Be a leader, not a bossAfter his graduation, Gautam Dangol started his career at Kumari Bank, before moving to the Credit Department at Sunrise Bank.
After his graduation, Gautam Dangol started his career at Kumari Bank, before moving to the Credit Department at Sunrise Bank.
Eventually, his interest in behavioural aspects of employees, led him to join the HR department at NIC Asia bank, a department that he currently heads.
In this interview with the Post’s Alisha Sijapati, Dangol talks about how he weeds out thousands of applicants to find the right person for the right job and about some factors that are key to motivating employees. Excerpts:
What do you think are some of the reasons that young professionals are drawn to the banking sector?
If you look at it, banks are very well organised and systematic.
The banking sector is attractive not only because of the perks available to employees but also the space it allows for an individual to grow professionally and personally.
I have been working in the banking sector for the past 15 years and my experiences have shown that if you are sincere, honest and perform well, this is the one of the best sectors to work for.
Here, growth comes to those who are determined, dedicated and hard working. Working for a bank comes with huge responsibilities—you cannot take it for granted. You need to prove your worth with every task that you are handed.
At NIC Asia, what are some of the criteria for job selection?
Banks do have certain norms and prerequisite while hiring the best person for the right job. In recent years, due to the fluctuating demand and supply of employees and immense competition, an undergraduate degree has become mandatory for even entry-level positions.
Just recently, we announced a vacancy for 200 applicants for trainee assistants and we had 5,600 graduate applicants apply, which is phenomenal.
Out of that, 3,600 were called in for the written test and 2,000 applicants sat for the interview. Sitting down, reviewing and interviewing 2,000 applicants is a challenging task.
However, when I sit for an interview, I try to focus on their behaviour.
A person can be a topper in school but there is no point hiring someone who doesn’t have the right kind of behaviour.
During my interview sessions, I try to observe if the applicants are determined, honest, sincere and zealous.
Personally, I have worked in various branches across the country and the one thing I look for in an applicant is how well they can adapt in a new environment and how they would get along with their colleagues.
A new person is like raw clay—if you invest your time, you can mould them into any shape, just as long as they have the right attitude and behaviour.
How does the HR system work in NIC Asia in comparison to other organisations?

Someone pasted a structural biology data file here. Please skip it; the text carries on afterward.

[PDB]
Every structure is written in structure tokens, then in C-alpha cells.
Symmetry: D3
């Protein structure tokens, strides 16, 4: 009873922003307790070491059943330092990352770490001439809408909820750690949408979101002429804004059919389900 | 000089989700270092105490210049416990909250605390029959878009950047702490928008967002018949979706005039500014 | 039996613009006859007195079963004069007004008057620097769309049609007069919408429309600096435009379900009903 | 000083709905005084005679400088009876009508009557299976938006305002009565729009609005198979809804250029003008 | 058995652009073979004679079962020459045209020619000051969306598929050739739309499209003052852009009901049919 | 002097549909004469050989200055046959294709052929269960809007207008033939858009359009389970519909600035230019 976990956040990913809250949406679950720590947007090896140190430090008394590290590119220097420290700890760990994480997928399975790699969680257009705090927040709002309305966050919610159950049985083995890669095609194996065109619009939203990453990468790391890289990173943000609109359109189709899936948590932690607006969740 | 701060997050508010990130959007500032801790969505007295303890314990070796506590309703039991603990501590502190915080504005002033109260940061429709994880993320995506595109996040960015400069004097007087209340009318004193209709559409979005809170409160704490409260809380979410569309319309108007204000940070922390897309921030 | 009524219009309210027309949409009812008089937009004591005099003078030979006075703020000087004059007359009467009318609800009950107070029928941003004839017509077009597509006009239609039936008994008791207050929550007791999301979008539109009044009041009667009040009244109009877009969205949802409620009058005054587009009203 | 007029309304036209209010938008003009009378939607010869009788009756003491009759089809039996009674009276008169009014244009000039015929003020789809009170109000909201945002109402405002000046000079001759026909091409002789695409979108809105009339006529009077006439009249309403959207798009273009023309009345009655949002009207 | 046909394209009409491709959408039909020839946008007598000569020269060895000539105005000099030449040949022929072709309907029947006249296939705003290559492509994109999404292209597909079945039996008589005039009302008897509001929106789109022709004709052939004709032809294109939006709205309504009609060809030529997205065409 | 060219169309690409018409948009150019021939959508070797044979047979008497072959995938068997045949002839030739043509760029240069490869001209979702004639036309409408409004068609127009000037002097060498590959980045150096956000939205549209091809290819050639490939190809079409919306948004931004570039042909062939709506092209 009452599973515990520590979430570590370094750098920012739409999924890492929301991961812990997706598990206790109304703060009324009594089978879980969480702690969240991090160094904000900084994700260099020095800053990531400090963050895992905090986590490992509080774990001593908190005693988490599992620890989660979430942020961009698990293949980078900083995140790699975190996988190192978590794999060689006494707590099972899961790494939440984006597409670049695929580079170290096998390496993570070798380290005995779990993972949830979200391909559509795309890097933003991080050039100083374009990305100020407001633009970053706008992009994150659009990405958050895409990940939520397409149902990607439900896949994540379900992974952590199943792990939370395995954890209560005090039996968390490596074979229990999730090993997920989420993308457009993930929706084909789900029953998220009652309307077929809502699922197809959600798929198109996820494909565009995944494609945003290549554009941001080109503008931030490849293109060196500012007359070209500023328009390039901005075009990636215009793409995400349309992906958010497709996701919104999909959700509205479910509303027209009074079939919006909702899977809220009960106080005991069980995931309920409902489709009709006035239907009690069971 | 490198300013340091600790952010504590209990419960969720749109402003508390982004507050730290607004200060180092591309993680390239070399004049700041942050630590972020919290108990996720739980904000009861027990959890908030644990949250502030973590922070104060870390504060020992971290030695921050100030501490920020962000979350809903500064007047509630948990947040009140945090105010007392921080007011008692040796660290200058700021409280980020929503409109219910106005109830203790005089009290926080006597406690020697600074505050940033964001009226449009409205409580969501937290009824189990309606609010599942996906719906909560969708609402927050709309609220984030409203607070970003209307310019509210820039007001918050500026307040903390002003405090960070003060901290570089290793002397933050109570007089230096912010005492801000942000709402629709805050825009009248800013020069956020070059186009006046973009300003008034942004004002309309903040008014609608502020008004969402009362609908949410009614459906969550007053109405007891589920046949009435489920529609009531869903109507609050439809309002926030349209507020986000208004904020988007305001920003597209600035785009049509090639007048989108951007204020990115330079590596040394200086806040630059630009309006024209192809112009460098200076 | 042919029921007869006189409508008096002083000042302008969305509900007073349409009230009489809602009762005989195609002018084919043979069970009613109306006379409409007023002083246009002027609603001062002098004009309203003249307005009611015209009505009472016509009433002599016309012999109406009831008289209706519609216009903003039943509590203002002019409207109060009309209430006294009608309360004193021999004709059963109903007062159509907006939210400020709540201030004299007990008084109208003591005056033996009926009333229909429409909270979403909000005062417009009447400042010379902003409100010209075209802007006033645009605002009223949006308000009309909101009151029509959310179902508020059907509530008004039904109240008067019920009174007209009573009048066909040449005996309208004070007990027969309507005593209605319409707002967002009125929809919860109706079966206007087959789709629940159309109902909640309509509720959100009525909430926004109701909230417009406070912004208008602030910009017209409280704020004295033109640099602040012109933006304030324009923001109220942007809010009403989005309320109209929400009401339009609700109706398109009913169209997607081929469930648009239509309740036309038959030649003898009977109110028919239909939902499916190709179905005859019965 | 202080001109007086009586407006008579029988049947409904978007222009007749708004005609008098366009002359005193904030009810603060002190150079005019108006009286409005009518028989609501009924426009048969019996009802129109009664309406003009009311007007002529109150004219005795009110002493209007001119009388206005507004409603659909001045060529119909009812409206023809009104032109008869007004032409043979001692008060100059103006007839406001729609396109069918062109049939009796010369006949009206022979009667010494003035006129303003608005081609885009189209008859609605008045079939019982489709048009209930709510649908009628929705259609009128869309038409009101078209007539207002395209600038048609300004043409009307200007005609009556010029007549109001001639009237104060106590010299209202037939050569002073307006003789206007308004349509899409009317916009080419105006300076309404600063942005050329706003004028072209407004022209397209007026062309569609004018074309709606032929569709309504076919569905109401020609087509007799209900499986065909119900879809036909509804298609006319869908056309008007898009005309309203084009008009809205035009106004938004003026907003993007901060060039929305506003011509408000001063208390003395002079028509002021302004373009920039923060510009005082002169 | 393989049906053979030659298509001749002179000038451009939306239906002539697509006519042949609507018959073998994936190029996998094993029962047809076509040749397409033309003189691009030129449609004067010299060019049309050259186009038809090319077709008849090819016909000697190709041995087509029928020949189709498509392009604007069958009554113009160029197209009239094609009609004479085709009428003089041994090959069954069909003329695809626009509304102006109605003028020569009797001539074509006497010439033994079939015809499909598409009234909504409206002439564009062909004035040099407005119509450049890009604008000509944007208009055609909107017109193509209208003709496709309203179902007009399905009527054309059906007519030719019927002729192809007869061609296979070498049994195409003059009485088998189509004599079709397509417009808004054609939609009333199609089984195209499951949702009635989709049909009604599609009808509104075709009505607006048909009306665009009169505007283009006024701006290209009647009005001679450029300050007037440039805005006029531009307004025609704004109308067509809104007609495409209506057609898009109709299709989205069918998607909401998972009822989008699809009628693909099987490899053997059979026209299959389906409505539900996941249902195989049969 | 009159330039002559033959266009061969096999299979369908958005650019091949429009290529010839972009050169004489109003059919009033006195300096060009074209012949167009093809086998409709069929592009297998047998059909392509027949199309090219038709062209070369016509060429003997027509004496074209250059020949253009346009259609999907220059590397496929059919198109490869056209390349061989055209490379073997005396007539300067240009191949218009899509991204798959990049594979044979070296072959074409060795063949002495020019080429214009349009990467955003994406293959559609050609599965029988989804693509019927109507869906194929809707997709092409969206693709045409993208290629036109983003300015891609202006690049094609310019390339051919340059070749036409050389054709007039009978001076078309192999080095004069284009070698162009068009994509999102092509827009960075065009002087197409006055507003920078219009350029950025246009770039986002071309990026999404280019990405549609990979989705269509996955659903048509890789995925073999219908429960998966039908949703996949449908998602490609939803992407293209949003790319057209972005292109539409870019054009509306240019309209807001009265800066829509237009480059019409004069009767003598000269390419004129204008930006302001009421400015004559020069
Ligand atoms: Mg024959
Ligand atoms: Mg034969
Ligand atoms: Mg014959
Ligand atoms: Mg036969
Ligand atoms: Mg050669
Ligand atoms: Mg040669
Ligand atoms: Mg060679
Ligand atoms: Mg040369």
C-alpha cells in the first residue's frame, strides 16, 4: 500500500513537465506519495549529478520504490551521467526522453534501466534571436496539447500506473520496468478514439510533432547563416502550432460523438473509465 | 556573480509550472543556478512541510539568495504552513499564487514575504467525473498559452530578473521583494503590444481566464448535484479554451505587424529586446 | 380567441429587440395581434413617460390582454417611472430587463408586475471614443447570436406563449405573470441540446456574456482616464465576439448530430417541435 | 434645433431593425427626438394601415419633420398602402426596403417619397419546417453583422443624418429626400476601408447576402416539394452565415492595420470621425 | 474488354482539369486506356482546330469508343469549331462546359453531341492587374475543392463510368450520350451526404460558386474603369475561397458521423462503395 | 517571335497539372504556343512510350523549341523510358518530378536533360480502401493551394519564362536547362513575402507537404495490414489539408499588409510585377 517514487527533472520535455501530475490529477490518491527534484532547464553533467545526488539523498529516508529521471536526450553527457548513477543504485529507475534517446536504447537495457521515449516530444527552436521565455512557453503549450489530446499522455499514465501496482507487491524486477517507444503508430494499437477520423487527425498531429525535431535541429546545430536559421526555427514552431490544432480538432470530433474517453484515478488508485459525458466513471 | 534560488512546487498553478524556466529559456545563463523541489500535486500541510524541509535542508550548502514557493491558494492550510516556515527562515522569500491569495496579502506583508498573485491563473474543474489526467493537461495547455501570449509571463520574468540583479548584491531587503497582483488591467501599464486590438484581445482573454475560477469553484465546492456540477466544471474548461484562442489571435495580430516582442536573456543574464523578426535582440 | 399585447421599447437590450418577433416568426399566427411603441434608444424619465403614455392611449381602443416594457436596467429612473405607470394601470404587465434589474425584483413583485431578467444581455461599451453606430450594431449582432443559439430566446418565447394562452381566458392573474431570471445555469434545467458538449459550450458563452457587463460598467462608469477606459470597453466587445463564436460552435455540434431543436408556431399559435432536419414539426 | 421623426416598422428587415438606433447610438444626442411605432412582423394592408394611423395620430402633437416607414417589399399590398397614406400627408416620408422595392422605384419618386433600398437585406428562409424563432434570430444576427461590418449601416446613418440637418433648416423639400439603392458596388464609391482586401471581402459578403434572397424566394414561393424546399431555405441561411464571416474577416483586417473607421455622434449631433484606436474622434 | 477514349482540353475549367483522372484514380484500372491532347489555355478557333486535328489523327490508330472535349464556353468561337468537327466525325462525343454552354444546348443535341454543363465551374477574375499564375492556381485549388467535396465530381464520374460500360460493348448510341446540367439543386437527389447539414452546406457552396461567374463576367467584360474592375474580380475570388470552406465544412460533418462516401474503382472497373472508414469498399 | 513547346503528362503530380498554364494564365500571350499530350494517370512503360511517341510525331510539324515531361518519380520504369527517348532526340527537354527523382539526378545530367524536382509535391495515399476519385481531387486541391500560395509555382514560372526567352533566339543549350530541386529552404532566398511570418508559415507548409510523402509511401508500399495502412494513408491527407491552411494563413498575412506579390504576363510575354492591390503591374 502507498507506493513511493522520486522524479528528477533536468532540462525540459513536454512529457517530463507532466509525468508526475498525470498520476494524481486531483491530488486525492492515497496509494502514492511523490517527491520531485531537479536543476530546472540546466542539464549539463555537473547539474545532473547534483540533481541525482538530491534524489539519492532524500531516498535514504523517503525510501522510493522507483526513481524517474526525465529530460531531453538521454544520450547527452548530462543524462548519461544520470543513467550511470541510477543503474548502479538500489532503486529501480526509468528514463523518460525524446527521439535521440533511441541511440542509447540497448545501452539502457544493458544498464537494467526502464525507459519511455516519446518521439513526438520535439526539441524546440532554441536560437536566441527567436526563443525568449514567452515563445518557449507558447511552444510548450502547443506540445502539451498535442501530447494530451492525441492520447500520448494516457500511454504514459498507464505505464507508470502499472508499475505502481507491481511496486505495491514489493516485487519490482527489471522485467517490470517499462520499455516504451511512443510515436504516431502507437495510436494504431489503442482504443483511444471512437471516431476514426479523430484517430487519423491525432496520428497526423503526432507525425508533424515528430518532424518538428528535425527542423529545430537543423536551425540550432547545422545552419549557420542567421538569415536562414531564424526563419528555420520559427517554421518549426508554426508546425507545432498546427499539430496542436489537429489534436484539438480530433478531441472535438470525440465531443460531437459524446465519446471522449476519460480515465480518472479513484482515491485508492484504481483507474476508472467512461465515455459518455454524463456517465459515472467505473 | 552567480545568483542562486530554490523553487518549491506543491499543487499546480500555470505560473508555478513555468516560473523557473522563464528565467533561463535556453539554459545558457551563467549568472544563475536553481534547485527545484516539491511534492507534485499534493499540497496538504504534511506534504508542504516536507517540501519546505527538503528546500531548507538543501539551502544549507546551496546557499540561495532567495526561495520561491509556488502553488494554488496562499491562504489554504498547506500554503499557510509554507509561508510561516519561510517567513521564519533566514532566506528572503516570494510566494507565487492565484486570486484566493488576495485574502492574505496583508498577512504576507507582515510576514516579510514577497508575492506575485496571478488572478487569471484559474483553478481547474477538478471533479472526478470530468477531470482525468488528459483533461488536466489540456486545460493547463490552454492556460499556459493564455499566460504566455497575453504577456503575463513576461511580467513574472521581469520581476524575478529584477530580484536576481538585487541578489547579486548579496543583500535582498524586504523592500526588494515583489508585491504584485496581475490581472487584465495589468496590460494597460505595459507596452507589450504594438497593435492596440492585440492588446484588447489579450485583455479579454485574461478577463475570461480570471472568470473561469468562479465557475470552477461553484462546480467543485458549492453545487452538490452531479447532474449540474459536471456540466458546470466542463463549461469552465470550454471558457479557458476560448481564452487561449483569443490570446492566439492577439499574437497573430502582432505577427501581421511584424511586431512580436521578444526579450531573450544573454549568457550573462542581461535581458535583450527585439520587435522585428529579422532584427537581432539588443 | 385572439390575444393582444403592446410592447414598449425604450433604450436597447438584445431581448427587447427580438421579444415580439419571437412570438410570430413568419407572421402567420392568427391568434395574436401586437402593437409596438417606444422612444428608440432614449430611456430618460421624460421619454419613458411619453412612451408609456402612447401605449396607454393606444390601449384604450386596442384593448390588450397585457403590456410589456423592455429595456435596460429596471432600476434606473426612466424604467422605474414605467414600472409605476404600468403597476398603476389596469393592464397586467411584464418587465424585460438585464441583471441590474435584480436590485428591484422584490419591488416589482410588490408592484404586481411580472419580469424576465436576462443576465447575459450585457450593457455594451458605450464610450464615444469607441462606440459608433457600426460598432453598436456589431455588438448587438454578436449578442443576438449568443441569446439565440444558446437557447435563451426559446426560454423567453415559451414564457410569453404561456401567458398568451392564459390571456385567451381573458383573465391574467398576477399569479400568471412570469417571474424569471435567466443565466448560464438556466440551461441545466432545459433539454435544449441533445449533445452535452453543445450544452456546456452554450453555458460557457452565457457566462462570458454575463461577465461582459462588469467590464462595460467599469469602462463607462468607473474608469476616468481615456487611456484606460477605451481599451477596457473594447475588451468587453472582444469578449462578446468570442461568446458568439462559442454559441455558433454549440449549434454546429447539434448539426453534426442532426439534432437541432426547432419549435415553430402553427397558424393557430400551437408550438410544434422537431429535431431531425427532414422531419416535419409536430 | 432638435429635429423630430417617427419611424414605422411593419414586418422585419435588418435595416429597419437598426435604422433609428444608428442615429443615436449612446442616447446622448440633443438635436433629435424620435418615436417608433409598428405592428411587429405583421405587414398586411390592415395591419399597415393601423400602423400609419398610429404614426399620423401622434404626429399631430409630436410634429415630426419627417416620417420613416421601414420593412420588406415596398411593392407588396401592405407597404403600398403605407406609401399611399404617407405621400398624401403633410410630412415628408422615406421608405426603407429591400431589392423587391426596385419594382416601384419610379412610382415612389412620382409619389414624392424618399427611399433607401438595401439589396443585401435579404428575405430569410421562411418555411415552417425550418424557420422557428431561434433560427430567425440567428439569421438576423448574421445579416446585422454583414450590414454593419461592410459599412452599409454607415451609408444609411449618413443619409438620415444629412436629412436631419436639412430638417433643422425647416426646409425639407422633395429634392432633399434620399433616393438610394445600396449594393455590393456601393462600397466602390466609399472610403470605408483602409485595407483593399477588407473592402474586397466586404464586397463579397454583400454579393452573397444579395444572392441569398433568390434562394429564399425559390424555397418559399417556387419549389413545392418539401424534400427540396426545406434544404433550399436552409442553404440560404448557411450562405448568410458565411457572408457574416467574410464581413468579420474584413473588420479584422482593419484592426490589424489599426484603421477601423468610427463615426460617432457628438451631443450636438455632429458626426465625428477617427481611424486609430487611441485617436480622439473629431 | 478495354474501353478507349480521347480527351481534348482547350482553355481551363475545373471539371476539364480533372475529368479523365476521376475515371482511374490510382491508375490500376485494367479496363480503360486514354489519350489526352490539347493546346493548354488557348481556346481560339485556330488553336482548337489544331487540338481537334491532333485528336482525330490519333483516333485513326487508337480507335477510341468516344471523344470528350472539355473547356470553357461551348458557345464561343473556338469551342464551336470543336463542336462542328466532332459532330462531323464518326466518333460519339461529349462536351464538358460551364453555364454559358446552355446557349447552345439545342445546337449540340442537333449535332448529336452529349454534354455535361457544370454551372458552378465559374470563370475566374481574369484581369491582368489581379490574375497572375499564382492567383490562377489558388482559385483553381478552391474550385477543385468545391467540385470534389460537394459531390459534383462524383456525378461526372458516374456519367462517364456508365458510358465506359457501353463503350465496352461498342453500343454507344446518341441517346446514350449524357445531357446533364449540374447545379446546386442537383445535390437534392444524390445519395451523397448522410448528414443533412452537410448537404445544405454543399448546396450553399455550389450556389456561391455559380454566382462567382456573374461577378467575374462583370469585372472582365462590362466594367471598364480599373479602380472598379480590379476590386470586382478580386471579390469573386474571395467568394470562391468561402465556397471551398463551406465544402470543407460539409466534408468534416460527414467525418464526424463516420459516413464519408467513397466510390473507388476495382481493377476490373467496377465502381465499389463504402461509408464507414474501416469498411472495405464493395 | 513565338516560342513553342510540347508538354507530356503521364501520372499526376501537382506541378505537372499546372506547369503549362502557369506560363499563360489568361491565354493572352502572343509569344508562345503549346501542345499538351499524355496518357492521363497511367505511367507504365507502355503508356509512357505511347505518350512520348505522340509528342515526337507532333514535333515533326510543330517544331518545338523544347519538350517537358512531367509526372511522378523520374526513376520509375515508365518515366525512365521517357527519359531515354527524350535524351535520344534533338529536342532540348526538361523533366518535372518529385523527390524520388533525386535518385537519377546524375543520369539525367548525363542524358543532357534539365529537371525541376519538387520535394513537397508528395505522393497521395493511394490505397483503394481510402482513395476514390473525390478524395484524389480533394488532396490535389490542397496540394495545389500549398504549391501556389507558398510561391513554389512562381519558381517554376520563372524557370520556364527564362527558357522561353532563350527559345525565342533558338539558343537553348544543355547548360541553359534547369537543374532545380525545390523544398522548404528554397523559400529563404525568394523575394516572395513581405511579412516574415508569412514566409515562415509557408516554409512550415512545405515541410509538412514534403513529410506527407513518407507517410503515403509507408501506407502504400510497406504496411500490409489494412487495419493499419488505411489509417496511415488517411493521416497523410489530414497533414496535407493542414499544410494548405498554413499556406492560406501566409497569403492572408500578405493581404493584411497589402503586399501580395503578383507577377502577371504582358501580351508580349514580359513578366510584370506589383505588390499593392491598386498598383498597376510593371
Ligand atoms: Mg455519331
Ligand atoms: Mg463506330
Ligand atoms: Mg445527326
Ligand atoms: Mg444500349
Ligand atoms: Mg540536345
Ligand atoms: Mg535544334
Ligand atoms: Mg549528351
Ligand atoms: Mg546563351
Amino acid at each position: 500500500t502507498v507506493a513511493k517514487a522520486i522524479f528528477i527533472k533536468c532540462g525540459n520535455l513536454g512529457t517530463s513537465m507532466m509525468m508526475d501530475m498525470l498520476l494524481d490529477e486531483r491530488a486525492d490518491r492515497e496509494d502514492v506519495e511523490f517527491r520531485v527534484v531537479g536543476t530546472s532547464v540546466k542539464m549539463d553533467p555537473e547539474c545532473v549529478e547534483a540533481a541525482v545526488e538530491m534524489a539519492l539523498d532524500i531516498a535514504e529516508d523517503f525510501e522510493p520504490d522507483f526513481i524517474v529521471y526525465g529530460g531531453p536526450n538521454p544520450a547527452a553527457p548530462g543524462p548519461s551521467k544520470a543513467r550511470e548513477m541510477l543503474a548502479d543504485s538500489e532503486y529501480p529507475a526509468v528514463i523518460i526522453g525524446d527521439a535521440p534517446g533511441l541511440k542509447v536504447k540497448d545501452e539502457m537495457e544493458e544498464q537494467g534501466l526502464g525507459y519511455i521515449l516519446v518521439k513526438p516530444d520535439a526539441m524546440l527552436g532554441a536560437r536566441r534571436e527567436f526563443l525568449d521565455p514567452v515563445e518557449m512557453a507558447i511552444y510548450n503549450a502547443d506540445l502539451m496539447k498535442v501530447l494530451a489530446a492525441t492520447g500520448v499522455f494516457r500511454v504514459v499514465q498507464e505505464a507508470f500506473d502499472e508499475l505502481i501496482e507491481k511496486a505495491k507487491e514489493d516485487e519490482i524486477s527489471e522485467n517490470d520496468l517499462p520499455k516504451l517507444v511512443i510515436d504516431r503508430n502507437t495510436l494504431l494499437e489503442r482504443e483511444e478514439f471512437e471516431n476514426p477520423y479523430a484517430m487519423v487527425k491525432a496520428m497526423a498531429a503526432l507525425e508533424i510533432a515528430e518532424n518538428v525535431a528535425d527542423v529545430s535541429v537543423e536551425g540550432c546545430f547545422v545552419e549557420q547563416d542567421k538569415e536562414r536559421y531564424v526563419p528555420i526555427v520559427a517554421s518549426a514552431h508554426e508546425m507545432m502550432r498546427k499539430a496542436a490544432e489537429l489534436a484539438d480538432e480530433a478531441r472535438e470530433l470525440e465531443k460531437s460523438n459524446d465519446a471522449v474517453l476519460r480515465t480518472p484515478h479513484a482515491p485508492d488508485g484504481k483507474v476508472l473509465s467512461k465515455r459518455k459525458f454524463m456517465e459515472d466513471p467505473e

Every bank has its own HR policies, and NIC Asia also has its own rules, regulations and policies in terms of human resource management.
Looking beyond policies, NIC Asia looks after employees that are diligent and hardworking.
Such deserving employees are awarded accordingly. Our bank doesn’t let the hard work of employees go in vain.
When the time comes for appraisal, we ensure that only the deserving ones earn the credit and merit for their achievements.
The system is transparent at NIC, which leaves no space for nepotism.
HR department are oftentimes seen as the mouthpiece of an organisation rather than a bridge between the employees and the top management. What can HR departments do to truly work towards the interest of the employees?
To agree to disagree, HR is an integral part of the management. The HR team has to understand the concept and vision of the management and realise it through their actions.
Having said that, HR is a strong bridge between management and employees but it cannot be called as the management’s mouthpiece either.
At NIC, we have a concept of grievance handling. We believe that the role of HR is not only to recruit, manage perks and come up with policies but to also be counsellors to employees in need.
I have worked in various organisations and I strongly believe that an HR manager should have a perceptive personality that can subtly filter complaints back and forth between the management and employees without creating any kind of conflicts.
How important is money as a motivational factor for employees? What other
motivational tools can managers utilise to motivate their teams?
Definitely, money matters. Money is something but also at the same time, money is not everything, although it does plays a major role in an individual’s life.
In my opinion, good communication, being affable, praising and compliment your team’s work are good ways to motivate employees other than providing them with monetary motivators.
What are the keys to maintaining a positive environment at the workplace? How can work conflicts be avoided?
Avoid conflict at work depends on the leader entirely. I believe in leaders rather than bosses.
A boss simply makes other people do their work, whereas as a leader walks and works along with their employees.
A leader should have the feeling of ownership and spread that attitude among the employees.
If a leader has a strong, transparent and approachable characteristic, conflicts can be avoided easily, whereas, if a leader has a condescending mannerism, employees will have a difficult time among themselves and a negative attitude will begin to spread, not just in the department but the entire organisation.
What do you think young professionals need to do to move up in an organisation they just started in?
To start out, a person needs to be hardworking, sincere and determined. They need to have a passion to excel in life.
These young professionals need to set a certain target for their career growth. Plan ahead; be organised. Give in your 100 percent.